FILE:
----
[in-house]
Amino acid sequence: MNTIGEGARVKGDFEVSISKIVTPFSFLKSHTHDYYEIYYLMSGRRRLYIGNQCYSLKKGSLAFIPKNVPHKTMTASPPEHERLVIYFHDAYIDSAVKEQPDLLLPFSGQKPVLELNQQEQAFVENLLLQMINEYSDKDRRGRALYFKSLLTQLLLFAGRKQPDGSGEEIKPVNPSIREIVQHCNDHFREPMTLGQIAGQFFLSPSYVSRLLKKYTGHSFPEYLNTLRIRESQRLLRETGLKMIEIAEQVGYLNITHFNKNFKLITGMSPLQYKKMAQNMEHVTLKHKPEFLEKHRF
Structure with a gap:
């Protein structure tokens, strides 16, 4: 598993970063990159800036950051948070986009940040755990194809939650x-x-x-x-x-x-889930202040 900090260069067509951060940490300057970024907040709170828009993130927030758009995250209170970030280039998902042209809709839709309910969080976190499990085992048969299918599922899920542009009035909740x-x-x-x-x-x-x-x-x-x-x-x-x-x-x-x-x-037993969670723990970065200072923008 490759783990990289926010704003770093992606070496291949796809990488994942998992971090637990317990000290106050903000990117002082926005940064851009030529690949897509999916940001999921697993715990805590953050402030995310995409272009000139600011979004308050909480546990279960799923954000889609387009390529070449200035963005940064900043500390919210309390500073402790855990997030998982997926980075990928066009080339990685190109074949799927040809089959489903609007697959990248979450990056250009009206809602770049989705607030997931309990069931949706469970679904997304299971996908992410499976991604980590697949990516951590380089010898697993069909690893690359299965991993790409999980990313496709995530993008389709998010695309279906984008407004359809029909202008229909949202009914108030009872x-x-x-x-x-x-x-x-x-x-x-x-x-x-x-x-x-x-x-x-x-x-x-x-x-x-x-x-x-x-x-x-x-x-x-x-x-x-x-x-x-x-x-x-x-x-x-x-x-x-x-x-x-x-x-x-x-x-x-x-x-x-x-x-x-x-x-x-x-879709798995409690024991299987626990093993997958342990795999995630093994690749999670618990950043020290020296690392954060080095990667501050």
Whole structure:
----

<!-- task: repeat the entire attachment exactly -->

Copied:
[in-house]
Amino acid sequence: MNTIGEGARVKGDFEVSISKIVTPFSFLKSHTHDYYEIYYLMSGRRRLYIGNQCYSLKKGSLAFIPKNVPHKTMTASPPEHERLVIYFHDAYIDSAVKEQPDLLLPFSGQKPVLELNQQEQAFVENLLLQMINEYSDKDRRGRALYFKSLLTQLLLFAGRKQPDGSGEEIKPVNPSIREIVQHCNDHFREPMTLGQIAGQFFLSPSYVSRLLKKYTGHSFPEYLNTLRIRESQRLLRETGLKMIEIAEQVGYLNITHFNKNFKLITGMSPLQYKKMAQNMEHVTLKHKPEFLEKHRF
Structure with a gap:
């Protein structure tokens, strides 16, 4: 598993970063990159800036950051948070986009940040755990194809939650x-x-x-x-x-x-889930202040 900090260069067509951060940490300057970024907040709170828009993130927030758009995250209170970030280039998902042209809709839709309910969080976190499990085992048969299918599922899920542009009035909740x-x-x-x-x-x-x-x-x-x-x-x-x-x-x-x-x-037993969670723990970065200072923008 490759783990990289926010704003770093992606070496291949796809990488994942998992971090637990317990000290106050903000990117002082926005940064851009030529690949897509999916940001999921697993715990805590953050402030995310995409272009000139600011979004308050909480546990279960799923954000889609387009390529070449200035963005940064900043500390919210309390500073402790855990997030998982997926980075990928066009080339990685190109074949799927040809089959489903609007697959990248979450990056250009009206809602770049989705607030997931309990069931949706469970679904997304299971996908992410499976991604980590697949990516951590380089010898697993069909690893690359299965991993790409999980990313496709995530993008389709998010695309279906984008407004359809029909202008229909949202009914108030009872x-x-x-x-x-x-x-x-x-x-x-x-x-x-x-x-x-x-x-x-x-x-x-x-x-x-x-x-x-x-x-x-x-x-x-x-x-x-x-x-x-x-x-x-x-x-x-x-x-x-x-x-x-x-x-x-x-x-x-x-x-x-x-x-x-x-x-x-x-879709798995409690024991299987626990093993997958342990795999995630093994690749999670618990950043020290020296690392954060080095990667501050």
Whole structure: